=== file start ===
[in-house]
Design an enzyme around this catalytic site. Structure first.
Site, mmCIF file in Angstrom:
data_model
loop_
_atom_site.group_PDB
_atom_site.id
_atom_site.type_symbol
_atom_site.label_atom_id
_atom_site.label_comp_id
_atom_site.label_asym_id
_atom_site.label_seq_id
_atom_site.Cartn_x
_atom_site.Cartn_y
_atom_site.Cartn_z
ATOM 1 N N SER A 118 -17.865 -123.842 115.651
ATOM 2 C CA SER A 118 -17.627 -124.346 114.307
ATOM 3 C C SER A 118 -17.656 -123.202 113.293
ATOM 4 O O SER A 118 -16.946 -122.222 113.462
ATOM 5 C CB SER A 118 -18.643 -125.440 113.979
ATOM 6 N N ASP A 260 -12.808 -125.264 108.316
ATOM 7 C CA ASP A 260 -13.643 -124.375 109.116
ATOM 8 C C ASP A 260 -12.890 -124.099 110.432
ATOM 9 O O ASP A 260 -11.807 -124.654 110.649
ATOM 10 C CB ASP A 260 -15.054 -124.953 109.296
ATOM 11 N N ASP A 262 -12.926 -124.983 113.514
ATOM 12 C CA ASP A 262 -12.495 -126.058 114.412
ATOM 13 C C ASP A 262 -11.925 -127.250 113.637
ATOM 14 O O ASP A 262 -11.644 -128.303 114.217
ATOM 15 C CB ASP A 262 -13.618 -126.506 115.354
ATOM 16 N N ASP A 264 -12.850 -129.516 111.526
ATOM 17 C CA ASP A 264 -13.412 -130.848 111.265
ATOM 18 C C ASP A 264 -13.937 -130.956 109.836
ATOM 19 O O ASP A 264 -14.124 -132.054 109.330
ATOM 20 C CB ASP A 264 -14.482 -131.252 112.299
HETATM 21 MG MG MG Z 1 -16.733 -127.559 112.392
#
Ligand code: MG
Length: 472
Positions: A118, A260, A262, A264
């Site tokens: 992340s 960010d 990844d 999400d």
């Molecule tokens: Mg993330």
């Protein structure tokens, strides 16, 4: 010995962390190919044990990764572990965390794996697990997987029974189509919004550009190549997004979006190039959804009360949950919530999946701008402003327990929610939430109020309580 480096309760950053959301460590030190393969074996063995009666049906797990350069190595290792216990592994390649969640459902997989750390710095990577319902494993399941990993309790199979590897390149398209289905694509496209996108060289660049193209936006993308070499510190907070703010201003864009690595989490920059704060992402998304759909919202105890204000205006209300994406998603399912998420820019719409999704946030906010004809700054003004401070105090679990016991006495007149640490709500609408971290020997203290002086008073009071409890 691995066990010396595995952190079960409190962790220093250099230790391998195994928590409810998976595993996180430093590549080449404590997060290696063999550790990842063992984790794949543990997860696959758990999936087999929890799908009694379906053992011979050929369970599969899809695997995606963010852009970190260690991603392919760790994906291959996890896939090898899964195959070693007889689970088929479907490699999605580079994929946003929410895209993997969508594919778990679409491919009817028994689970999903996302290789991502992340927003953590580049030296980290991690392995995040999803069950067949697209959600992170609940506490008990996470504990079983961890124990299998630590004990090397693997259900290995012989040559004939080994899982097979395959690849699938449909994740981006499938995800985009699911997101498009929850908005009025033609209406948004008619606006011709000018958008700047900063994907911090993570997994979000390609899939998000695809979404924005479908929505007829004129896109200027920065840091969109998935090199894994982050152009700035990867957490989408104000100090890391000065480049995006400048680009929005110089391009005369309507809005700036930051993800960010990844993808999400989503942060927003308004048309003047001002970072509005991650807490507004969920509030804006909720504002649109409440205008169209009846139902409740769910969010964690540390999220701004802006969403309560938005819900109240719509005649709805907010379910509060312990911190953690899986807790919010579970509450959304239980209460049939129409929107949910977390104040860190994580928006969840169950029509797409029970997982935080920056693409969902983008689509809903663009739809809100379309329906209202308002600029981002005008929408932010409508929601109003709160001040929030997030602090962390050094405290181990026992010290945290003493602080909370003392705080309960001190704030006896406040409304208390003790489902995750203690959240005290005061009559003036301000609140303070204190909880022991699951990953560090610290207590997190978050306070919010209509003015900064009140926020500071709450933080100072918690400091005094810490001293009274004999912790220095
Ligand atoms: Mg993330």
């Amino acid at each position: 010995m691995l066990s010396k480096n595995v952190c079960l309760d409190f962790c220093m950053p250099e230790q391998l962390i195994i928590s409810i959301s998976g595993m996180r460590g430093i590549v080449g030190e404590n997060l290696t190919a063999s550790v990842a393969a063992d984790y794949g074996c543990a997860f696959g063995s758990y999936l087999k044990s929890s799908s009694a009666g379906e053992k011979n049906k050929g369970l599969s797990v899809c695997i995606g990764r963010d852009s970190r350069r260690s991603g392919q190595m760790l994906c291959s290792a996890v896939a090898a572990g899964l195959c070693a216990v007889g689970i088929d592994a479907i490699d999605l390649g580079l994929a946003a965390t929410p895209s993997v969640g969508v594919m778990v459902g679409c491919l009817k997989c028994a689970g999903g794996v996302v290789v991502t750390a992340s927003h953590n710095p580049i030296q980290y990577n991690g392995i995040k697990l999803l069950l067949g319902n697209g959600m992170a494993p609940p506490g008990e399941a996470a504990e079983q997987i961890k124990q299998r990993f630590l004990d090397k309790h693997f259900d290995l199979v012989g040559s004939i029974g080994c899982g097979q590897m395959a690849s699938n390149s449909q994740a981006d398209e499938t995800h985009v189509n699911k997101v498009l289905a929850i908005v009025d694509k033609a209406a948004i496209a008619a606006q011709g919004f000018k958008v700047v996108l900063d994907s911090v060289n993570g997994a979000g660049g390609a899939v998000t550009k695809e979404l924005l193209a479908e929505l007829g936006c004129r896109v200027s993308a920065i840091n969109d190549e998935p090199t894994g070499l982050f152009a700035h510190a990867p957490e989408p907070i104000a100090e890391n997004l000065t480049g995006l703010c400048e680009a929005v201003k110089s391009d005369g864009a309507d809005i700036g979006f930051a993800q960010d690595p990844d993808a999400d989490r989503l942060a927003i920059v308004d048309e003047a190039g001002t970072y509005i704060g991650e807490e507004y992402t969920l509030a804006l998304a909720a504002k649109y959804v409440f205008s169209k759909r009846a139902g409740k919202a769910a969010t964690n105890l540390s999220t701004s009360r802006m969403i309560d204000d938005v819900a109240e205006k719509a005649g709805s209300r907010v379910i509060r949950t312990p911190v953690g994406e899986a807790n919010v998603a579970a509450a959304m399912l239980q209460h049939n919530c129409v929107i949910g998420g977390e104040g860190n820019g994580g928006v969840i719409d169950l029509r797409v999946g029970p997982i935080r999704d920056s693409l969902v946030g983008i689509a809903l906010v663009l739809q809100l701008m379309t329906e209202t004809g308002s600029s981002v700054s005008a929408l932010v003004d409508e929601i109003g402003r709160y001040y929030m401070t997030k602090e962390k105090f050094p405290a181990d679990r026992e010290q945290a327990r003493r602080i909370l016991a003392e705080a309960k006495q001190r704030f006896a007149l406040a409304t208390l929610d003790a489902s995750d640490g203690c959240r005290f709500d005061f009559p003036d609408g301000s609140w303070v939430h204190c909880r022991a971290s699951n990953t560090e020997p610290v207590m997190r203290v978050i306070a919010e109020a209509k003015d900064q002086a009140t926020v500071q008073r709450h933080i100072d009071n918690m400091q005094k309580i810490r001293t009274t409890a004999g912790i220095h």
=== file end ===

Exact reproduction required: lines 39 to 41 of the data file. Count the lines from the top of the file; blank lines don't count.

Length: 472
Positions: A118, A260, A262, A264
């Site tokens: 992340s 960010d 990844d 999400d």